.
MODERN RESEARCH PROJECTS:
- THE THYLACINE CLONING PROJECT -
(page 1)
.

 
.
thylacine pouch young

    In 1999, Professor Michael Archer (then Director of the Australian Museum in Sydney) instigated a bold and ambitious plan to clone the thylacine.  The project's research team obtained tissue samples from the internal organs of a female thylacine pup that had been preserved in alcohol for well over a century.  Their goal was to extract viable DNA (deoxyribonucleic acid) with a view to recreating the species through cloning.  A clone is any organism whose genetic information is identical to that of the parent organism from which it was created. 

    DNA, albeit highly fragmented, was extracted from the tissues of the pup.  In addition, DNA was also extracted from thylacine bone and tooth specimens from within the Australian Museum's collection.  Interestingly, the best quality DNA recovered by the research team was from the tooth specimen, and not the preserved pup.

    By the middle of 2002, after over two years of intensive research, the Australian Museum succeeded in replicating individual thylacine genes using the PCR (Polymerase Chain Reaction) process.

    It is not within the confines of this presentation to discuss the complexities of the cloning process itself, but it is worth highlighting some of the hurdles that any scientific team will have to overcome if cloning of the thylacine is ever to become a reality.

.
    DNA rapidly degrades following an animal's death, to the point of being extremely fragmented after around five years.  To successfully clone the thylacine, its entire genome would have to be determined from such a sample.

    If we make the assumption that at some point in the future, the entire thylacine genome can been determined from these degraded samples, then researchers would be faced with the next major challenge; the creation of artificial chromosomes.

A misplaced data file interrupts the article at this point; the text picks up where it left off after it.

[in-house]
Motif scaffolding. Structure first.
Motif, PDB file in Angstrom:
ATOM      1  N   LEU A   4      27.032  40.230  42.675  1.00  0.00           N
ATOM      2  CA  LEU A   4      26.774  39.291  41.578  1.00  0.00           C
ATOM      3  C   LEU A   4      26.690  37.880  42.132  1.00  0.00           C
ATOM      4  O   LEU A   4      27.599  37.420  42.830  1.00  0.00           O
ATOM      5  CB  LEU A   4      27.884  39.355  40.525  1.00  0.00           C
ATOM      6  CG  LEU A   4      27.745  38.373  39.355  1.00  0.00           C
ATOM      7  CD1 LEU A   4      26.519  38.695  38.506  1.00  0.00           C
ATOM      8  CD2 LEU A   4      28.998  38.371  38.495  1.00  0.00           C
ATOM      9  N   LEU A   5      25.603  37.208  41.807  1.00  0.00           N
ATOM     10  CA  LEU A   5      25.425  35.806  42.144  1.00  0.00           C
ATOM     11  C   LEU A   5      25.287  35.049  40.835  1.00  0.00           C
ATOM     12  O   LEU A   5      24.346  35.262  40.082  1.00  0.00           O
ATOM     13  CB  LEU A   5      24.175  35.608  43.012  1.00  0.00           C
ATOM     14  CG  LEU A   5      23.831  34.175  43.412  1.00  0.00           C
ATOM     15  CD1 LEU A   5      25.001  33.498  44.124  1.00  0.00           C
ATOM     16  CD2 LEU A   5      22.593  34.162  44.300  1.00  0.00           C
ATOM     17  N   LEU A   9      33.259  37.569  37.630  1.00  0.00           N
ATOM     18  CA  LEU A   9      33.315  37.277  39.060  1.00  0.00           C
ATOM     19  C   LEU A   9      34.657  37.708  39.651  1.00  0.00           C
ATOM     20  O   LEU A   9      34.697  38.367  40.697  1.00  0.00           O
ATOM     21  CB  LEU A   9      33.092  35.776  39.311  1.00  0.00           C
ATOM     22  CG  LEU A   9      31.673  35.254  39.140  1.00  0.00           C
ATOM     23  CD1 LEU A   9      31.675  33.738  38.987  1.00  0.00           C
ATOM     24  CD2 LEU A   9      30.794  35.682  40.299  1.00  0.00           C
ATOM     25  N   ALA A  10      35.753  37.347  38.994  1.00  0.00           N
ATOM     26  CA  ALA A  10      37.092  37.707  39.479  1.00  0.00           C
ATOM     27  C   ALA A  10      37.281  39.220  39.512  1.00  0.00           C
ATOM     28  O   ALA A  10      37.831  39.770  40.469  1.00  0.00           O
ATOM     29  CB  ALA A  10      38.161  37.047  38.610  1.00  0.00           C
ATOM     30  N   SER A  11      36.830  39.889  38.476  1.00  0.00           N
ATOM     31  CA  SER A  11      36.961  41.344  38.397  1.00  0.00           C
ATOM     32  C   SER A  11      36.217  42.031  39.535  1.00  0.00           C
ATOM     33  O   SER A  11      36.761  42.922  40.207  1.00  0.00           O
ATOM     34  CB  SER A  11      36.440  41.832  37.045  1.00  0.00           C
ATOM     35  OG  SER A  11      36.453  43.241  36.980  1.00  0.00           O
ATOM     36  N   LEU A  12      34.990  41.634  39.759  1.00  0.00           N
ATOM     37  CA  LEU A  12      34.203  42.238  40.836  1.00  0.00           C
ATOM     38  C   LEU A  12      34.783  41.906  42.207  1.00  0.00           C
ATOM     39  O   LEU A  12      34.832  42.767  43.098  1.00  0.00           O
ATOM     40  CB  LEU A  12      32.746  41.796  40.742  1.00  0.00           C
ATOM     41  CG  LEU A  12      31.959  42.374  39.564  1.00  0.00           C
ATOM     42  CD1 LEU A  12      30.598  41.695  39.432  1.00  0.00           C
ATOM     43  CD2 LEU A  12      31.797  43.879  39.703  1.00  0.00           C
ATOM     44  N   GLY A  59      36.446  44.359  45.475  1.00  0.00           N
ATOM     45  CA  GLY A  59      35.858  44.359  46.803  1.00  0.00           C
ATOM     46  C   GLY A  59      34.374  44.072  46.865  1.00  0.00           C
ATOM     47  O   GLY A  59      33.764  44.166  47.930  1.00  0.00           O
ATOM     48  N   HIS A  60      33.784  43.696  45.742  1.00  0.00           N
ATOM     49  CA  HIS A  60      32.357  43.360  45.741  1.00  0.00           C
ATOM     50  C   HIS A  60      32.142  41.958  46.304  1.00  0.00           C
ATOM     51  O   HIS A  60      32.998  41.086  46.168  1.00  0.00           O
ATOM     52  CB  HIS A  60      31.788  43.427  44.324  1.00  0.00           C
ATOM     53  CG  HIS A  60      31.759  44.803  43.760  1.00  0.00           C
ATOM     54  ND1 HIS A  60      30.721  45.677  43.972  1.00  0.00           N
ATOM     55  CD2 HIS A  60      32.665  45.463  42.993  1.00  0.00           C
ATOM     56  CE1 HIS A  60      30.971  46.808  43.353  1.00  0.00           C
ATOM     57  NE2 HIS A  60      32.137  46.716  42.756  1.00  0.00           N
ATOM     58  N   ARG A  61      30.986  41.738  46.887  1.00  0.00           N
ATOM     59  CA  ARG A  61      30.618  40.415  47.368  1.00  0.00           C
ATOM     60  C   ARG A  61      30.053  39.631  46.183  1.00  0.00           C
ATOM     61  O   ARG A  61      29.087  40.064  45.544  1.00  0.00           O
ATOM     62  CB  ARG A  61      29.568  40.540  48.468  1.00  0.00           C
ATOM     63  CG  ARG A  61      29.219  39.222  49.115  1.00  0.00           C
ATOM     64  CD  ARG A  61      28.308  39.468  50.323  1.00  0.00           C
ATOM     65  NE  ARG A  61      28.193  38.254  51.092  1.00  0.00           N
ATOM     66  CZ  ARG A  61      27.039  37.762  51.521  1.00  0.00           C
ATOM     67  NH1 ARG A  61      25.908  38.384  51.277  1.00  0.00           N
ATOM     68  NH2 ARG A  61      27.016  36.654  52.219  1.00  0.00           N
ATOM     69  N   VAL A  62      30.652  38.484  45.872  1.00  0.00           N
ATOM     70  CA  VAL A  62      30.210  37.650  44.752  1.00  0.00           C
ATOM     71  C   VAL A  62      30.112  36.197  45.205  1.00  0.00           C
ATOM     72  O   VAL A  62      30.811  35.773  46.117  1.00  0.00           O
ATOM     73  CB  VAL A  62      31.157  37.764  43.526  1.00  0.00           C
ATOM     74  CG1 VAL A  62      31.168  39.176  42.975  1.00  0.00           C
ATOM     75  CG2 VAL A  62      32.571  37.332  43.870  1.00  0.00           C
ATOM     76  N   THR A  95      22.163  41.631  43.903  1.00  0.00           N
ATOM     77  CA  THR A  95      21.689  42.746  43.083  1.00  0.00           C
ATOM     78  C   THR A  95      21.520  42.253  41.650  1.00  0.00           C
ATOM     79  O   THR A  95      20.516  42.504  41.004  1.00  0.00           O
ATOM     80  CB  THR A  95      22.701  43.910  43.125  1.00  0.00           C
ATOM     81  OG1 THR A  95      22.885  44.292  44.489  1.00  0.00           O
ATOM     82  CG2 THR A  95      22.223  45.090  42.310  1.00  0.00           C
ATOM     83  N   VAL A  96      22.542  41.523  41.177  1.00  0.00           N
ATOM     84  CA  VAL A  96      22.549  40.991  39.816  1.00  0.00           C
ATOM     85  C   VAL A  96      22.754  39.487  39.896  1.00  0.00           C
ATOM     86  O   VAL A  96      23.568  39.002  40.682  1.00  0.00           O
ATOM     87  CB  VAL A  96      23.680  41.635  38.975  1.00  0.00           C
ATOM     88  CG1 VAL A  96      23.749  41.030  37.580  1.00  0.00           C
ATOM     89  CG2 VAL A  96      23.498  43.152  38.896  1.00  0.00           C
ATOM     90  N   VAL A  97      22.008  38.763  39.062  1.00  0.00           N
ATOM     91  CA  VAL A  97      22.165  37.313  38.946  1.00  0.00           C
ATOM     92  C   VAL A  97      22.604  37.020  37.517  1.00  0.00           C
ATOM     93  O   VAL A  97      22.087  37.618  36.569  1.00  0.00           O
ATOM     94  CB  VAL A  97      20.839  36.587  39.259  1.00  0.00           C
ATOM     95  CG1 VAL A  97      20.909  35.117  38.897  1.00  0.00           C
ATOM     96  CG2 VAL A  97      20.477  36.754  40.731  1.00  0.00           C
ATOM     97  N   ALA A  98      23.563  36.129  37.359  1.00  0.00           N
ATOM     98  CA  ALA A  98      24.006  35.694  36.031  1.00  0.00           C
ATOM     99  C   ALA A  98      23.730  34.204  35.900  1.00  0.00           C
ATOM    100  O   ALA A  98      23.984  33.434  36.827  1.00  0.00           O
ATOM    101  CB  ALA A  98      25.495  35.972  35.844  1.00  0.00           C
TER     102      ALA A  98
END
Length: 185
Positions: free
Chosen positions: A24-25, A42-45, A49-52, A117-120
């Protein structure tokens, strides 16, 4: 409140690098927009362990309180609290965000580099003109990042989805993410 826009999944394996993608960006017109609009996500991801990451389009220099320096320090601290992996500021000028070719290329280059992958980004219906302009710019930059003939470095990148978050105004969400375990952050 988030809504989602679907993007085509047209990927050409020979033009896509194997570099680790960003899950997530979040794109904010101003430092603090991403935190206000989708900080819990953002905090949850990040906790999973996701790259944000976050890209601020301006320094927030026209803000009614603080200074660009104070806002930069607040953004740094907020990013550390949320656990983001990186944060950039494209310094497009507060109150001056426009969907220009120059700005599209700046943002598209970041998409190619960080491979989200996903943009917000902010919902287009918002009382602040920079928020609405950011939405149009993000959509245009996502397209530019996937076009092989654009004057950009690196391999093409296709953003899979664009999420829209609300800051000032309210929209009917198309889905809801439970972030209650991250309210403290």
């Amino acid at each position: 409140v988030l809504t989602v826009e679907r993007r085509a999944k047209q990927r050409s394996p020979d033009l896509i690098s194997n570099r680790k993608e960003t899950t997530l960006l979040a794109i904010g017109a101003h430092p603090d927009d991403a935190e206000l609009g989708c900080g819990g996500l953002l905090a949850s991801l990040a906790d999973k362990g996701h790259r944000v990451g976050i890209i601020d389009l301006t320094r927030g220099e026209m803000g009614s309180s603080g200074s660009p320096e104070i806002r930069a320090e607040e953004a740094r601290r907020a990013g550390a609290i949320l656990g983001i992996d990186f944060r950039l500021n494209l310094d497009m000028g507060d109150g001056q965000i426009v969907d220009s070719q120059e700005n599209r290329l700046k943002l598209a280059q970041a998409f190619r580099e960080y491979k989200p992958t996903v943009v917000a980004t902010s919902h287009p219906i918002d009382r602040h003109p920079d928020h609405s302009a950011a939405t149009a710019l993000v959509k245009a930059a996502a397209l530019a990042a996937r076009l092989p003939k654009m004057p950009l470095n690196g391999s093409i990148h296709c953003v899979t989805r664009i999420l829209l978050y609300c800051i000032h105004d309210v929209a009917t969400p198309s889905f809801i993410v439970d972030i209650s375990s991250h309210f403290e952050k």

Australian Museum thylacine pup specimen P762
.
Australian Museum thylacine pup specimen P762.
Source: International Thylacine Specimen Database 4th Revision 2011.
.
    Until recently, this was thought to be technically impossible.  However, such is the pace of research within this field that in the April 1997 edition of the journal "Nature Genetics", a research team lead by Dr. Huntington Willard from the Department of Genetics & Centre for Human Genetics at the Case Western Reserve University School of Medicine in Cleveland, Ohio (USA), announced the discovery of the first synthetic human chromosome (Harrington et al. 1997).

    If we take the cloning story one step further, and assume that artificial thylacine chromosomes could be created, then a surrogate egg donor would need to be found and an egg removed from that donor.  Either of the thylacine's nearest relatives, e.g., the Tasmanian devil (Sarcophilus harrisii) or Tiger quoll (Dasyurus maculatus) have been suggested as potential surrogates.

.
Potential thylacine surrogates
.
Tasmanian devil (Sarcophilus harrisii)
.
Tasmanian devil (Sarcophilus harrisii).
Tiger quoll (Dasyurus maculatus)
.
Tiger quoll (Dasyurus maculatus).
.
.
References
.
back to: The Thylacine Genome Project (page 4) return to the section's introduction forward to: The Thylacine Cloning Project (page 2)


Search the Thylacine Museum
Site Map
Website copyright © C. Campbell's NATURAL WORLDS.
Photographs and other illustrations (where indicated) are © C. Campbell's NATURAL WORLDS.
Other photos and images are © their respective owners.
.